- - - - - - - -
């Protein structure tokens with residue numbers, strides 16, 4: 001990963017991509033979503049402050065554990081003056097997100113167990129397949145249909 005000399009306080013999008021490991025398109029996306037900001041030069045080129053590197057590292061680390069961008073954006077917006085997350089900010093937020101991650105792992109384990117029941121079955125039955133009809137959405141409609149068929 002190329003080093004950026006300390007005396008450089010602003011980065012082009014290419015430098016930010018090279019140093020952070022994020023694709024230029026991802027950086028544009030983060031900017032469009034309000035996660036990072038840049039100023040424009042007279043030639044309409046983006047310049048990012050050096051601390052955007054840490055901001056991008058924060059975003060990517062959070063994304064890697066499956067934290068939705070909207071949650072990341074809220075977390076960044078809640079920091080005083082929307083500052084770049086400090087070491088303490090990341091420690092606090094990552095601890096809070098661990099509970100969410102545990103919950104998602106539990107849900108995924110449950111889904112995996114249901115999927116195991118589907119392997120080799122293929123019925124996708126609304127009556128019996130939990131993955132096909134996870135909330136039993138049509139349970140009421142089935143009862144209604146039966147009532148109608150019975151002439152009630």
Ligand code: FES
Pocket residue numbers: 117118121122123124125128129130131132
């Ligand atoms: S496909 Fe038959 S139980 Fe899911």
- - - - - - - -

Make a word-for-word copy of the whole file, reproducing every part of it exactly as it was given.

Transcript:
């Protein structure tokens with residue numbers, strides 16, 4: 001990963017991509033979503049402050065554990081003056097997100113167990129397949145249909 005000399009306080013999008021490991025398109029996306037900001041030069045080129053590197057590292061680390069961008073954006077917006085997350089900010093937020101991650105792992109384990117029941121079955125039955133009809137959405141409609149068929 002190329003080093004950026006300390007005396008450089010602003011980065012082009014290419015430098016930010018090279019140093020952070022994020023694709024230029026991802027950086028544009030983060031900017032469009034309000035996660036990072038840049039100023040424009042007279043030639044309409046983006047310049048990012050050096051601390052955007054840490055901001056991008058924060059975003060990517062959070063994304064890697066499956067934290068939705070909207071949650072990341074809220075977390076960044078809640079920091080005083082929307083500052084770049086400090087070491088303490090990341091420690092606090094990552095601890096809070098661990099509970100969410102545990103919950104998602106539990107849900108995924110449950111889904112995996114249901115999927116195991118589907119392997120080799122293929123019925124996708126609304127009556128019996130939990131993955132096909134996870135909330136039993138049509139349970140009421142089935143009862144209604146039966147009532148109608150019975151002439152009630």
Ligand code: FES
Pocket residue numbers: 117118121122123124125128129130131132
């Ligand atoms: S496909 Fe038959 S139980 Fe899911």